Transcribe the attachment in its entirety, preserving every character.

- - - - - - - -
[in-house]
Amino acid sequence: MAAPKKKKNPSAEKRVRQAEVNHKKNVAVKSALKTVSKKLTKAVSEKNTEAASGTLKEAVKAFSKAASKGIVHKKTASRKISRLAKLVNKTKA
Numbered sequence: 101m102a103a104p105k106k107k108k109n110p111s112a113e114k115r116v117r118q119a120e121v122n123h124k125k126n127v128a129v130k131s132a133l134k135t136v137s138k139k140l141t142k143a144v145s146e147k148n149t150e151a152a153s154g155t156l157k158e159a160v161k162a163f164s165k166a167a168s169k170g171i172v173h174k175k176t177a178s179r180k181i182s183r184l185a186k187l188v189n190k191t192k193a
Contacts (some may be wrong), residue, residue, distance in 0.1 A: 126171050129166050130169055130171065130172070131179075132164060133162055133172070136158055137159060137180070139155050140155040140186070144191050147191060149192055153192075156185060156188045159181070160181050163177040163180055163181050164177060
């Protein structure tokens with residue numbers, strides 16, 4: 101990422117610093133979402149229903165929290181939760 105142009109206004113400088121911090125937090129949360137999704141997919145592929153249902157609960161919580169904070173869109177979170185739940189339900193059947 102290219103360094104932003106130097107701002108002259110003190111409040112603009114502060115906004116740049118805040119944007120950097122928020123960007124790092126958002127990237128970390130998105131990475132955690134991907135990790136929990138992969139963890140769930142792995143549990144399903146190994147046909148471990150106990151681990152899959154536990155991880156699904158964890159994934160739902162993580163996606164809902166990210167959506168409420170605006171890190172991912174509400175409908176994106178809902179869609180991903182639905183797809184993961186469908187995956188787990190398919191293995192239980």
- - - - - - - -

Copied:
[in-house]
Amino acid sequence: MAAPKKKKNPSAEKRVRQAEVNHKKNVAVKSALKTVSKKLTKAVSEKNTEAASGTLKEAVKAFSKAASKGIVHKKTASRKISRLAKLVNKTKA
Numbered sequence: 101m102a103a104p105k106k107k108k109n110p111s112a113e114k115r116v117r118q119a120e121v122n123h124k125k126n127v128a129v130k131s132a133l134k135t136v137s138k139k140l141t142k143a144v145s146e147k148n149t150e151a152a153s154g155t156l157k158e159a160v161k162a163f164s165k166a167a168s169k170g171i172v173h174k175k176t177a178s179r180k181i182s183r184l185a186k187l188v189n190k191t192k193a
Contacts (some may be wrong), residue, residue, distance in 0.1 A: 126171050129166050130169055130171065130172070131179075132164060133162055133172070136158055137159060137180070139155050140155040140186070144191050147191060149192055153192075156185060156188045159181070160181050163177040163180055163181050164177060
């Protein structure tokens with residue numbers, strides 16, 4: 101990422117610093133979402149229903165929290181939760 105142009109206004113400088121911090125937090129949360137999704141997919145592929153249902157609960161919580169904070173869109177979170185739940189339900193059947 102290219103360094104932003106130097107701002108002259110003190111409040112603009114502060115906004116740049118805040119944007120950097122928020123960007124790092126958002127990237128970390130998105131990475132955690134991907135990790136929990138992969139963890140769930142792995143549990144399903146190994147046909148471990150106990151681990152899959154536990155991880156699904158964890159994934160739902162993580163996606164809902166990210167959506168409420170605006171890190172991912174509400175409908176994106178809902179869609180991903182639905183797809184993961186469908187995956188787990190398919191293995192239980």